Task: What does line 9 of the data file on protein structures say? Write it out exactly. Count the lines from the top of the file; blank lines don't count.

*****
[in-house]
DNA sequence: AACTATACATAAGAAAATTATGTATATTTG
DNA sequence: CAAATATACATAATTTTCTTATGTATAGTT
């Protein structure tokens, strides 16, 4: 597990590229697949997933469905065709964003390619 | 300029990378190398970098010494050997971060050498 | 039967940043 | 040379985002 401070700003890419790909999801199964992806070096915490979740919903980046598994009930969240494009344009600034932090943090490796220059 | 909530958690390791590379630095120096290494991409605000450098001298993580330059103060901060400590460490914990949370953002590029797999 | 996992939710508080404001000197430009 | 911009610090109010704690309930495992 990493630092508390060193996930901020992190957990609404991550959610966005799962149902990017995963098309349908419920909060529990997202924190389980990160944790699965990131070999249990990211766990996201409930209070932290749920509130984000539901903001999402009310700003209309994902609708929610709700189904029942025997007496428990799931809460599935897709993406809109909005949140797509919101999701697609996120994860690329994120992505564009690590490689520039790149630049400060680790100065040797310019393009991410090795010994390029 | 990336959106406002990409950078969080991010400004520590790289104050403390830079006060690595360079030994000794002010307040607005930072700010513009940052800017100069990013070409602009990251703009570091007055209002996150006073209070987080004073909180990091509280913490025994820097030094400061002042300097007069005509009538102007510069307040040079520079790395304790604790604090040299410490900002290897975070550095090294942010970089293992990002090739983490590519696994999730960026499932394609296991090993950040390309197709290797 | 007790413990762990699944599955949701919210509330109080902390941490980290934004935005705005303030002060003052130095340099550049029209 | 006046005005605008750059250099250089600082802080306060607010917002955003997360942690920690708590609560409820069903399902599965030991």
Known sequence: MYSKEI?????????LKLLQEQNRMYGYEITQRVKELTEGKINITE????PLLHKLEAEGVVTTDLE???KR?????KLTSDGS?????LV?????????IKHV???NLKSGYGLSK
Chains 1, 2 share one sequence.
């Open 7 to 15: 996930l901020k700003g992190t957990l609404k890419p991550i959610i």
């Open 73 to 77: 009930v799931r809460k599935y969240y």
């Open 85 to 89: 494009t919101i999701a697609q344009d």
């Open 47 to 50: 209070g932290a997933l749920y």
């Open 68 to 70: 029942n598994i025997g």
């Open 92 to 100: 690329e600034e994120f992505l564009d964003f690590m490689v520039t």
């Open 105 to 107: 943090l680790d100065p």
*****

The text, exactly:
């Open 85 to 89: 494009t919101i999701a697609q344009d």